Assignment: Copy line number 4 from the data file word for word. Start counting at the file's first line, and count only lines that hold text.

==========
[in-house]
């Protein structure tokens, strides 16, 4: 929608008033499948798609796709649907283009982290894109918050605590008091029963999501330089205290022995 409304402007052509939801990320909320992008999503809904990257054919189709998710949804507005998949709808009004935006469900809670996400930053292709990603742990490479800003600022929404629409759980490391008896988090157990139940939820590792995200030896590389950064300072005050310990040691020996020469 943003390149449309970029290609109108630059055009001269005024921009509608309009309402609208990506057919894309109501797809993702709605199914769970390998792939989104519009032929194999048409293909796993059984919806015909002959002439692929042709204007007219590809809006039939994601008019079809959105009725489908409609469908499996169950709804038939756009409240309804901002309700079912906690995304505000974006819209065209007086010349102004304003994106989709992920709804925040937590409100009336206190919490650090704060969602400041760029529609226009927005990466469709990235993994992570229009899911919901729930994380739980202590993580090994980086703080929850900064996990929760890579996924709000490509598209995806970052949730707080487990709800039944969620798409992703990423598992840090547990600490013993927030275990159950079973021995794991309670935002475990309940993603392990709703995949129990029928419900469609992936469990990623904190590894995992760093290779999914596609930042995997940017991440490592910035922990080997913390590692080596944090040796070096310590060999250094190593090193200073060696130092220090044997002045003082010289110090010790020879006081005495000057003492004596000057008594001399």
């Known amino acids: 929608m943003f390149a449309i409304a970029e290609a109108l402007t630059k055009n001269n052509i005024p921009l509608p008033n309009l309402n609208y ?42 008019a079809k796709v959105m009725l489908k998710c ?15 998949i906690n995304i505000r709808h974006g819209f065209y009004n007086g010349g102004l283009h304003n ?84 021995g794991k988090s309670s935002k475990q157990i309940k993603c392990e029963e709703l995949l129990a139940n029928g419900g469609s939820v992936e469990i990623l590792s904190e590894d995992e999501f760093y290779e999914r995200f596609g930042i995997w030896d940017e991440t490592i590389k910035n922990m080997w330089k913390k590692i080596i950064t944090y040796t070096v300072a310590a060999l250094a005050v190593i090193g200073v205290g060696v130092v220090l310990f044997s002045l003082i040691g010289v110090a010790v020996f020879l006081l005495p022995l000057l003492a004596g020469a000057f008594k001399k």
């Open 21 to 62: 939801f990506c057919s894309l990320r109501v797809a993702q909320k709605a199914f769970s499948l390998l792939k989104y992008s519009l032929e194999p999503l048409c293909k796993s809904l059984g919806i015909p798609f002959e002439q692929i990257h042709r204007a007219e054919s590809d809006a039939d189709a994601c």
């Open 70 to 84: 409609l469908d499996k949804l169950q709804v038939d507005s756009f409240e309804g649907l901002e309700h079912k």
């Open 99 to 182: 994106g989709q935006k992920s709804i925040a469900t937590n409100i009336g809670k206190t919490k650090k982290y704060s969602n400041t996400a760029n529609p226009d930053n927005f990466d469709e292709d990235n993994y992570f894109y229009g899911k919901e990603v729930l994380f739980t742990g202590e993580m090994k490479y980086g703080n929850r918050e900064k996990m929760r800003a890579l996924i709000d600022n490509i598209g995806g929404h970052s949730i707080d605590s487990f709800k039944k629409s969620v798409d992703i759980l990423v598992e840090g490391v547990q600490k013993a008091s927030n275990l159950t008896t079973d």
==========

């Open 21 to 62: 939801f990506c057919s894309l990320r109501v797809a993702q909320k709605a199914f769970s499948l390998l792939k989104y992008s519009l032929e194999p999503l048409c293909k796993s809904l059984g919806i015909p798609f002959e002439q692929i990257h042709r204007a007219e054919s590809d809006a039939d189709a994601c």